Lionbridge is a leading provider of translation, testing, and development solutions. The company has more than 4,500 employees across 26 countries. In 2010, Lionbridge upgraded to Microsoft Lync Server 2010. With more cost-effective enterprise voice hardware options available with Lync Server, Lionbridge can move aggressively to significantly reduce its previous telephony systems, increase global communications, and reduce costs.
Founded in 1996, Lionbridge is a leading provider of translation, development, and testing solutions. Through its translation offerings, Lionbridge adapts client software products, applications, and web content to meet the linguistic, technical, and cultural requirements of users worldwide. Lionbridge provides services to more than 500 clients each year and enjoys long-term relationships with world-leading organizations. The company is headquartered in Waltham, Massachusetts, and has 4,500 employees across 26 countries.
Because Lionbridge’s employees are located around the world, they need a method to communicate quickly and easily across time zones. In 2009, Lionbridge deployed Microsoft Office Communications Server 2007 R2 to 4,200 employees to provide instant messaging, presence, and conferencing capabilities, in addition to voice over IP (VoIP). The company had 45 separate private-branch exchange (PBX) systems spanning several geographies—each managed separately and with carrying qualities of service—that it ultimately wanted to replace. Lionbridge used session-initiation protocol (SIP) trunking to enable VoIP calls through Office Communications Server at several of its offices. SIP trunking is the use of SIP and real-time transport protocol (RTP) to pass telephony traffic from the enterprise network edge to a network service provider over an IP connection, without traversing traditional telephony networks.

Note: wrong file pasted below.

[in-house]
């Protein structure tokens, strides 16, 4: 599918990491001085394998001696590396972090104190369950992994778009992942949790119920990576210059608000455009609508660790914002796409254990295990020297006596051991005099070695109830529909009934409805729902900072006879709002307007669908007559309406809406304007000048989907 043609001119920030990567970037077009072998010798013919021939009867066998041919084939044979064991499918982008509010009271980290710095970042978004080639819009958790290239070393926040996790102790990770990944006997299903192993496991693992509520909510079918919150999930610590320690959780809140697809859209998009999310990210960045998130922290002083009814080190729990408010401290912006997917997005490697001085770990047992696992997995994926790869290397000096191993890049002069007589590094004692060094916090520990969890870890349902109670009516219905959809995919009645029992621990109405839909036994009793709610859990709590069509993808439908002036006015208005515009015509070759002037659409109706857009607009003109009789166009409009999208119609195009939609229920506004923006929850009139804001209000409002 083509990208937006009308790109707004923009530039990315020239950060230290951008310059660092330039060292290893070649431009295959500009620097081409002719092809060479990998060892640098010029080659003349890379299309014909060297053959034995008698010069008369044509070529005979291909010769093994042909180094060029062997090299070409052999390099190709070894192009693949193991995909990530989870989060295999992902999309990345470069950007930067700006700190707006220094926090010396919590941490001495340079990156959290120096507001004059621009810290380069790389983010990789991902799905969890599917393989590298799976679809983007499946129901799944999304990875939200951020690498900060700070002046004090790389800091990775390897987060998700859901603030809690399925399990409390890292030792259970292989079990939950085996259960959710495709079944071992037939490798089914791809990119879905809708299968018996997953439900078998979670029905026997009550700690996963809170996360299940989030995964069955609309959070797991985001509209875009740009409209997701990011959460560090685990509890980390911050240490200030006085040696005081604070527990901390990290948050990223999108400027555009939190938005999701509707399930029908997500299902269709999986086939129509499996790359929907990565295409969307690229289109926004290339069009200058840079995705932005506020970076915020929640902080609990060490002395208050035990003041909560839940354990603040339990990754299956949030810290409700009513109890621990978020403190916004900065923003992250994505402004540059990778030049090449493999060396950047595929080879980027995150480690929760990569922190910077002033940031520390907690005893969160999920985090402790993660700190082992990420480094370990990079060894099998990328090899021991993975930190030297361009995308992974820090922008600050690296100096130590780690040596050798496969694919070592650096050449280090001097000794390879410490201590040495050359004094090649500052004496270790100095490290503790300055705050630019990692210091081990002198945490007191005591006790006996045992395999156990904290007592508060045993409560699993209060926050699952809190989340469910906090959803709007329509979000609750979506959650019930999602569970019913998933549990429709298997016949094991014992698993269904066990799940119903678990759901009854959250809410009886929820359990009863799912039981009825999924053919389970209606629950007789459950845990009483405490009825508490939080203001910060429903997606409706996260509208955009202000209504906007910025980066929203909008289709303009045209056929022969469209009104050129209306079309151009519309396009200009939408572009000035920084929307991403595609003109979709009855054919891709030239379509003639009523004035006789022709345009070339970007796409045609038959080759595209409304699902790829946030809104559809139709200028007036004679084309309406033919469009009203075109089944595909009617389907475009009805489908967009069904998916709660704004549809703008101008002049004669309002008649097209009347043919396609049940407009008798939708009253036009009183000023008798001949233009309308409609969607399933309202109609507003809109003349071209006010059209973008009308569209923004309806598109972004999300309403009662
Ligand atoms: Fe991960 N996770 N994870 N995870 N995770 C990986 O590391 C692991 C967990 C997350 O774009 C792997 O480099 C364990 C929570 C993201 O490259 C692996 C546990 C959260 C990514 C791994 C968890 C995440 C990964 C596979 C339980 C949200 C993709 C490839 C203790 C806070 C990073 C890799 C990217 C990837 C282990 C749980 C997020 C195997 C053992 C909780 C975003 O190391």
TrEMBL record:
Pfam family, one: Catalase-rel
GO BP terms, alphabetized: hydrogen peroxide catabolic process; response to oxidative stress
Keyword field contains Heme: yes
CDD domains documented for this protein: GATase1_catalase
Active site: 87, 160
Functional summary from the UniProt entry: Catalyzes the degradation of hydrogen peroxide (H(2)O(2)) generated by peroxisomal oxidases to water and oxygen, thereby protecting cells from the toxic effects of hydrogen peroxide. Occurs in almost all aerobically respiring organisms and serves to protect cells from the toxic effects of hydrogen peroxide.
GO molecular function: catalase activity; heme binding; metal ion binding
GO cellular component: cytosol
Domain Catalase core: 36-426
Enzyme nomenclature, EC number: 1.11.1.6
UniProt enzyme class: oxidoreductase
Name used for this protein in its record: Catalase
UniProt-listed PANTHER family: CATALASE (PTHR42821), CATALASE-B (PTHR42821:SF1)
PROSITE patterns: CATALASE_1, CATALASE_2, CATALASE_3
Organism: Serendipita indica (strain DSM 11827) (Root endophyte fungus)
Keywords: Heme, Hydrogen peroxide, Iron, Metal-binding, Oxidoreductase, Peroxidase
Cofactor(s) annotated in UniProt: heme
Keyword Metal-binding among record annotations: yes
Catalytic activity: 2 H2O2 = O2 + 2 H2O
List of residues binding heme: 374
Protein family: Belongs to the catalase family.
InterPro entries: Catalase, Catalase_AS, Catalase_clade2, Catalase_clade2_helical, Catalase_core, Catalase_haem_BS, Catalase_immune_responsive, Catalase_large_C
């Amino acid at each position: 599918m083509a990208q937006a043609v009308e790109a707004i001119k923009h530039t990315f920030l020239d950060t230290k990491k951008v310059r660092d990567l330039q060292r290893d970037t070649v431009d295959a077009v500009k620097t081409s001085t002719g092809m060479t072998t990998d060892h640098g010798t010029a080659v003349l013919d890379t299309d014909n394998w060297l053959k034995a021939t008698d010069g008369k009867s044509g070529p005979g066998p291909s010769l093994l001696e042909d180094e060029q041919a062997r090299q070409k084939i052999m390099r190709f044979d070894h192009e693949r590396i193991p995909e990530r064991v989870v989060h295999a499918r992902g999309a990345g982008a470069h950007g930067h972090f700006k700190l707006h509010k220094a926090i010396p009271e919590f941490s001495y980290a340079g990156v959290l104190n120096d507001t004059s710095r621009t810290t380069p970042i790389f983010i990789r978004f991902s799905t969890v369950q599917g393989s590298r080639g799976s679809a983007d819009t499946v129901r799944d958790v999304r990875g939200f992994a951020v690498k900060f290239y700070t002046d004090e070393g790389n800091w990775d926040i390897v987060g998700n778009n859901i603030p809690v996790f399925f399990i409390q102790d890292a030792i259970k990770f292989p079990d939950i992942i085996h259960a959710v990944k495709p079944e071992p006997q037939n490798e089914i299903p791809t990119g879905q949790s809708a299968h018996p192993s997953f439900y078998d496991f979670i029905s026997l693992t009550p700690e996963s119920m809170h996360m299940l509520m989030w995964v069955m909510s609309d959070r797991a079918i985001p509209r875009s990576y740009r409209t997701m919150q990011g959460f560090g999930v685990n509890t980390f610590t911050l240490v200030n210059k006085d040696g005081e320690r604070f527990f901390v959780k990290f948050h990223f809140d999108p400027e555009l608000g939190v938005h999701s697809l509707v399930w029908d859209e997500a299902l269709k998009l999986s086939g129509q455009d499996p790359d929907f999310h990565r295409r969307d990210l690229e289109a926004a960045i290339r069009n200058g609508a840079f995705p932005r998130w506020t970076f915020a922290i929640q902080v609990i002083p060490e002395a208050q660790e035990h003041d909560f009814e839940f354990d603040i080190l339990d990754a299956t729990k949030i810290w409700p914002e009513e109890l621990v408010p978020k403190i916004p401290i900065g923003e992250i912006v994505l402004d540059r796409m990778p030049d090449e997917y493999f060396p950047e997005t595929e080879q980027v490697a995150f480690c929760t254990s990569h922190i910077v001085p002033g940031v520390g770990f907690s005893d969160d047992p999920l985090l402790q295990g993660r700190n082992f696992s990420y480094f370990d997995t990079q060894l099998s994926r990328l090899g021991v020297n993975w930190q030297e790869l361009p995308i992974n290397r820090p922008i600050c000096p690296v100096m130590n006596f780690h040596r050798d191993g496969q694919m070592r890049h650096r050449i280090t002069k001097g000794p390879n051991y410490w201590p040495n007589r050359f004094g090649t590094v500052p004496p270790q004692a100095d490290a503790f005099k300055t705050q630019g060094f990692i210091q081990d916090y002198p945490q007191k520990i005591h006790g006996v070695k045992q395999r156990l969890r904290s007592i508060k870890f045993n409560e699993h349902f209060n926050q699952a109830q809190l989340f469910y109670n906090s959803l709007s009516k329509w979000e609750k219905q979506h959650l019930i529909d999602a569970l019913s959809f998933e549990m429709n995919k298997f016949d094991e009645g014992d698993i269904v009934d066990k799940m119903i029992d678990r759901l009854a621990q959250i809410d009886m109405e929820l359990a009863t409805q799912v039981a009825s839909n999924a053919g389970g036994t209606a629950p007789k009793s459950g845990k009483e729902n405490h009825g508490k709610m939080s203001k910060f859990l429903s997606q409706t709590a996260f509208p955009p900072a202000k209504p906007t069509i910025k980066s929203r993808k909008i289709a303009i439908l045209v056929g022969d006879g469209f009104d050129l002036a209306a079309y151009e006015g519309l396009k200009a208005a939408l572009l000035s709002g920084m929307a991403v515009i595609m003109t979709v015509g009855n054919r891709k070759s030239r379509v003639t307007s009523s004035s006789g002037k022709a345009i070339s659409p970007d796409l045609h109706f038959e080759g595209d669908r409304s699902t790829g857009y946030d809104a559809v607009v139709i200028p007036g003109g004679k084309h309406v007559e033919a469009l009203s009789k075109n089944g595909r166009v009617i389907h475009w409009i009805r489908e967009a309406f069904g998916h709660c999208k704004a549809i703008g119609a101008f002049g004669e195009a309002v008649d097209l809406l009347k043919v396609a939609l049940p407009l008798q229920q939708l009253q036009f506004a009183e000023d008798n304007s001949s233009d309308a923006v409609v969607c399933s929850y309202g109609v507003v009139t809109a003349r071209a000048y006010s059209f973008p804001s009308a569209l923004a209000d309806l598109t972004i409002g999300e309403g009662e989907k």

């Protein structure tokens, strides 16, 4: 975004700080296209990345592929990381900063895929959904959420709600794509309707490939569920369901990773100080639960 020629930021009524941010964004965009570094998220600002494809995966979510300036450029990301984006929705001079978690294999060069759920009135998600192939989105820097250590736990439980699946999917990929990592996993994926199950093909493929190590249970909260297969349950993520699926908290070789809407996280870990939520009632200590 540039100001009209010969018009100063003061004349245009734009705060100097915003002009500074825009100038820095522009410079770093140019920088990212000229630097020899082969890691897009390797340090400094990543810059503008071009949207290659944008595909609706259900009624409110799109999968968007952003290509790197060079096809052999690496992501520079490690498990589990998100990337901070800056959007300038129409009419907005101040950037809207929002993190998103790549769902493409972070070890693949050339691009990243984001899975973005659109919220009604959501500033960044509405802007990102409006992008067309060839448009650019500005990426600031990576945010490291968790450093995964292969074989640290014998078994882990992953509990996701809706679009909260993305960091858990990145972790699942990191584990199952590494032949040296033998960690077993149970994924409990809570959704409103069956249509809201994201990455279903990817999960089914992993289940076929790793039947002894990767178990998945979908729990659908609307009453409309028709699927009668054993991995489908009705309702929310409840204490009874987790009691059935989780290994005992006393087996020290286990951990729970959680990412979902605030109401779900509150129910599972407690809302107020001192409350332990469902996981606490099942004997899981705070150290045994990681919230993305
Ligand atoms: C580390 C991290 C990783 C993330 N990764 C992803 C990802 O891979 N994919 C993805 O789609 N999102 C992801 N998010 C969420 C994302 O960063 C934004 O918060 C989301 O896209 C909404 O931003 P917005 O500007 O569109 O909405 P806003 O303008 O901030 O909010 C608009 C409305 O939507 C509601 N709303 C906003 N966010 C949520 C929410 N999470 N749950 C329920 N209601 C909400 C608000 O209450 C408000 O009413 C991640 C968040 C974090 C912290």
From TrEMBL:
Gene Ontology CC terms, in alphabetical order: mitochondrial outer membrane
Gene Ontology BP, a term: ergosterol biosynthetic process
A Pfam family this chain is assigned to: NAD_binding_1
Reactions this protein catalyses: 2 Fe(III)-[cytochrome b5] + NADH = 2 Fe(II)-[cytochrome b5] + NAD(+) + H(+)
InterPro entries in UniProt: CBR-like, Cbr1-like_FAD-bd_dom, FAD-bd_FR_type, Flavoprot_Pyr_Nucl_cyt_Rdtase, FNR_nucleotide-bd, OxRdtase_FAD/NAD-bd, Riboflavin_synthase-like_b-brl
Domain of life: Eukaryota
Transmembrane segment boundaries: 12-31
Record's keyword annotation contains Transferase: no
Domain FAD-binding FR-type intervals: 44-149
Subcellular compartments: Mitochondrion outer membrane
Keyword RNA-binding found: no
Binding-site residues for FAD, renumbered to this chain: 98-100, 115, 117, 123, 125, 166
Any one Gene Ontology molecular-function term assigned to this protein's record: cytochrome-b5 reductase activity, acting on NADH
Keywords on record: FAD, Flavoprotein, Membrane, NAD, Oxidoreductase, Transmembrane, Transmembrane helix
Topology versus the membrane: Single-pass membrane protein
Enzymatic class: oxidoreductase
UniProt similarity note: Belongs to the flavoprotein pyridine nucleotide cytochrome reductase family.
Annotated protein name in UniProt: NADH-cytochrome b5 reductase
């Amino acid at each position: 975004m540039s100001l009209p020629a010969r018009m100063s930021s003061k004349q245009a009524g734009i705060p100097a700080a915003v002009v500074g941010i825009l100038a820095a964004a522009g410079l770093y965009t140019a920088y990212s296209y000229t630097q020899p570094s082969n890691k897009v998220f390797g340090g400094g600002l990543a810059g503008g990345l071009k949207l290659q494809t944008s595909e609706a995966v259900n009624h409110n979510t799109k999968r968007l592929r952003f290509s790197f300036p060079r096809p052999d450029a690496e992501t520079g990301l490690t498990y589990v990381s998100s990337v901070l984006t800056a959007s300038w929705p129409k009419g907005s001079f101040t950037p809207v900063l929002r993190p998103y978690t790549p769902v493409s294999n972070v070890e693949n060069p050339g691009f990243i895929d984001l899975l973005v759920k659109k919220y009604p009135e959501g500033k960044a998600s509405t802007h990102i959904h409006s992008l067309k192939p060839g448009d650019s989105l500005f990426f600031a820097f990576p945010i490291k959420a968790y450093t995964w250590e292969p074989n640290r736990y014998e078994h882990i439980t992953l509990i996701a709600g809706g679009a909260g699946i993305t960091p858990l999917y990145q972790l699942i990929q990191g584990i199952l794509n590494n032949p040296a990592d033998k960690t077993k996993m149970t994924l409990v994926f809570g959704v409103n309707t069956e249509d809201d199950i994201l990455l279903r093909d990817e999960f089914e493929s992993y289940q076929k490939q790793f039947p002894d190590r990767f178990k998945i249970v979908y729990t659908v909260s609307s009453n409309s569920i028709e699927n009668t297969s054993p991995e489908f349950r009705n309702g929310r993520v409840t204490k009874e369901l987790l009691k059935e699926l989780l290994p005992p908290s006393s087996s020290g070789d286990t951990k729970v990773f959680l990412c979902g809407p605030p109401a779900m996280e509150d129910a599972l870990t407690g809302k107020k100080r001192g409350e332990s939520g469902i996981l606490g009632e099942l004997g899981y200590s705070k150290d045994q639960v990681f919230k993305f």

Lionbridge wanted to expand its enterprise voice capabilities to more offices to replace its legacy PBX systems, in addition to extending enterprise voice capabilities to common area and conference room phones. In 2010, the company upgraded its solution to Microsoft Lync Server 2010. Lync Server provides enhanced versions of the communications capabilities provided by Office Communications Server 2007 R2—presence, instant messaging, robust conferencing, and enterprise voice—as well as improvements in topology, deployment, and management tools.
By upgrading to Lync Server, Lionbridge can take advantage of several communication enhancements that include improved failover scenarios and more options for supported voice hardware. “With more flexible architecture and expanded hardware options, we can accelerate our goal to significantly reduce, and in many cases completely replace, our PBX systems,” explains Oyvind Kaldestad, Director of Information Technology at Lionbridge. The company deployed Lync Server in a highly available configuration to ensure consistent connectivity.
||Upgrading to Lync is helping us achieve our goal of cloud-based enterprise voice across our offices in 26 countries worldwide.